Enjoy the view. Never forget this spot was not always beautiful and untroubled. World War II around here was rough. If Subic Bay is calm today, indeed if anybody anywhere is calm today, that calm has been purchased at the highest price.
We thank God for even one day of
peace. We thank God for the peacemakers.
The Hellship Oryoku Maru sank about 300 yards off this shore in December, 1944 after two days of hell for the more than 1,600 prisoners of war who were jammed below decks in its three cargo holds. Over 1,000 of these POWs were American Army officers, most of them survivors of the fall of Bataan and Corregidor, the Bataan Death March, and over two years of imprisonment in various camps throughout the Philippines.
But by the Fall of 1944 the tide had turned. The liberation of the Philippines was underway. The Japanese were taking as many POWs as they could with them back to Japan or Manchuria.
The Japanese vessels used to transfer the POWs have come to be remembered by history as Hellships, and the Oryoku Maru surely was one of the most distressing Hellships. Dire conditions in the holds included unlivable overcrowding, lack of air and water, darkness and brutality of guards. More than 20 POWs died its first two days at sea.
In the madness of total war, American planes from the aircraft carrier Hornet began bombing the unmarked Oryoku Maru on 14 December, the day after it sailed, and the ship finally sank on the afternoon of 15 December in 80 feet of water. More than 300 POWs went down with the ship. Also, over 1,500 Japanese women and children, troops and crewmen from the other shipwrecked Japanese vessels were on the upper decks. Many of them suffered and died as well.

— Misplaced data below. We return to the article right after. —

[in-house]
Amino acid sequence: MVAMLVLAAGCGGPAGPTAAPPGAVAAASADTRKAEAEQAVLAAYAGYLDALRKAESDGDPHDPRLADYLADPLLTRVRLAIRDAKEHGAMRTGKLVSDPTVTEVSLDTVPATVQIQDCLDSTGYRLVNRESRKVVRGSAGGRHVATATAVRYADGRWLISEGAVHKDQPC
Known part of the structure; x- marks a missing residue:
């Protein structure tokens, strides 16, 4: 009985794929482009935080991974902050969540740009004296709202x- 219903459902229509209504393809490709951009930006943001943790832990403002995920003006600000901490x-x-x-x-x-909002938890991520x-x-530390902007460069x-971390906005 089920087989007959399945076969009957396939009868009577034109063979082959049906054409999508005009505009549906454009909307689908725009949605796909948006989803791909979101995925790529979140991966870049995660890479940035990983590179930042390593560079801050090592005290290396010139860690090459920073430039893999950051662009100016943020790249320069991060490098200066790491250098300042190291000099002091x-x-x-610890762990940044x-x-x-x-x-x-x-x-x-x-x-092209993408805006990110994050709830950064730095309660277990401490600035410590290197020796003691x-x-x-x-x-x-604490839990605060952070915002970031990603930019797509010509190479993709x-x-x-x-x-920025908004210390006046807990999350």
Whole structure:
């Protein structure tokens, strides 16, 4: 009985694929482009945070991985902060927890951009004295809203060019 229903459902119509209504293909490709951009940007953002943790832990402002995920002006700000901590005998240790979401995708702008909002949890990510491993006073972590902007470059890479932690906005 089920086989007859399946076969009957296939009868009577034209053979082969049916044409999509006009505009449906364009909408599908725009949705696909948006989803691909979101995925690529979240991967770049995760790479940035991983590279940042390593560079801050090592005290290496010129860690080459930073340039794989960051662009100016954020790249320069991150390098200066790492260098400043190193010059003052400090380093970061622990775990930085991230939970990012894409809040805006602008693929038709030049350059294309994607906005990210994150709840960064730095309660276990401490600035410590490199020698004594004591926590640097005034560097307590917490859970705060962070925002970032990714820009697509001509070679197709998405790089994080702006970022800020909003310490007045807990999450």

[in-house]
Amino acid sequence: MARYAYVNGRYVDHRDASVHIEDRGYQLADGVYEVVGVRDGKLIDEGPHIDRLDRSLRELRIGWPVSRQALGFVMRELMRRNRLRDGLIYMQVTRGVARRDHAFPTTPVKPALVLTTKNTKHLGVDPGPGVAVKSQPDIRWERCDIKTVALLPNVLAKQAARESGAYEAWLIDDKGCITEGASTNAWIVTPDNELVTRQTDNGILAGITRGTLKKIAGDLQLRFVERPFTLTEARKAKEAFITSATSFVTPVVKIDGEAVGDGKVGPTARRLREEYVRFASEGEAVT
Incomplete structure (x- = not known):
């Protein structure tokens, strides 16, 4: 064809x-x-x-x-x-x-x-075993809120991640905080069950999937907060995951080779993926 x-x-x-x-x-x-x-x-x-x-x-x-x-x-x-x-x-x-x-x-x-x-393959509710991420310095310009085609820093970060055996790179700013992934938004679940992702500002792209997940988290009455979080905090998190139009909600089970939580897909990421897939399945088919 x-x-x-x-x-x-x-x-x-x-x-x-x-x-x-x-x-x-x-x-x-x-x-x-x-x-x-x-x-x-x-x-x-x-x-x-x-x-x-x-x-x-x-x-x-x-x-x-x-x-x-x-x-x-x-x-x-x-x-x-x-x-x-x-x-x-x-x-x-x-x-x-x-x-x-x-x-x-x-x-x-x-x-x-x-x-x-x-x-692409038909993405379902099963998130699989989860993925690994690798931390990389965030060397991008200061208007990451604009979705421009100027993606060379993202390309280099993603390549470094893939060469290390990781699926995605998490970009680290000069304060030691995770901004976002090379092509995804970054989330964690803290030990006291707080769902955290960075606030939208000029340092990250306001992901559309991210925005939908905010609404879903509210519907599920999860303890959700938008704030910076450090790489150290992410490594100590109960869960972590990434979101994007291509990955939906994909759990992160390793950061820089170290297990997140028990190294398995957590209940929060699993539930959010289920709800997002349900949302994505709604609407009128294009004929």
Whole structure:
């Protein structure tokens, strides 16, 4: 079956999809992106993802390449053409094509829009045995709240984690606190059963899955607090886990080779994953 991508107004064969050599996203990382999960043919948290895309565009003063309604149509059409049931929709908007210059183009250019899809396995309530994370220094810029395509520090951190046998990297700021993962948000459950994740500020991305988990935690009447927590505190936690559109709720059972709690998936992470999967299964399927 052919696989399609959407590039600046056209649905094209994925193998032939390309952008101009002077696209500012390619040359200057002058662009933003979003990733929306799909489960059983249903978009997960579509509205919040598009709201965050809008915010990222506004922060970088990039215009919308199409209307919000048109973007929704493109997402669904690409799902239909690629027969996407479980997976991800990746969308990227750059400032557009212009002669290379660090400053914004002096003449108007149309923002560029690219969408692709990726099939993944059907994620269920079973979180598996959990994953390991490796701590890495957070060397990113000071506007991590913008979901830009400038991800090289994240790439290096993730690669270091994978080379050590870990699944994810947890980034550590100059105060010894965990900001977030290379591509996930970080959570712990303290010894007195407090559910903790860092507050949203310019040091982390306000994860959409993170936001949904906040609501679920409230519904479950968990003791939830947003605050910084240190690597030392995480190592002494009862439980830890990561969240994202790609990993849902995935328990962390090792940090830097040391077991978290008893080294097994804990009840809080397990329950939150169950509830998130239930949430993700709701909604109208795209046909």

The earthly remains of those who died on the Oryoku Maru remain with the Hellship in this beautiful body of water, and we trust their souls have been raised to Godfs heavenly eternity.
Unfortunately, the Oryoku Maru was only one of dozens of Japanese Hellships. During World War II over 100,000 men and women were sent all over Asia in the holds of various Hellships, often in the harshest of conditions. The dead included more than 4,000 Americans, and thousand of British, Dutch, Australian, East Indian and unfortunates of other nations. It is impossible even to establish accurate numbers, and the suffering remains incalculable to this day.
Some 1,300 survivors of the Oryoku Maru swam ashore here only to be herded onto a 100-square-foot cement former tennis court where their brutal treatment continued. One marine, before he died, had his gangrenous, wounded arm amputated with a mess-kit knife. Many other POWs died of wounds, exposure or starvation before they could be transferred to other Hellships, and many of the POWs who made it to other Hellships died at sea or went down with their ships under similarly dire conditions. For many POWs, the Hellships were the worst of their many trials. While the details of their sufferings will never be completely known, the POWsf endurance and ability to sustain their spirits in dark times remain a big inspiration.
Indeed, the period provides ample evidence that war is hell. The living need to live even as they need never to forget what has been done to secure their peace.
This memorial is dedicated to everyone who paid with their lives that others might live. We who are living pray to be worthy of so many who did so much.
Mr. Henry Morfit Neiger is the
son of Major John J Neiger, Jr.
Major John Joseph Neiger, Jr.
West Point - Class of 1935
family in the Philippines -1941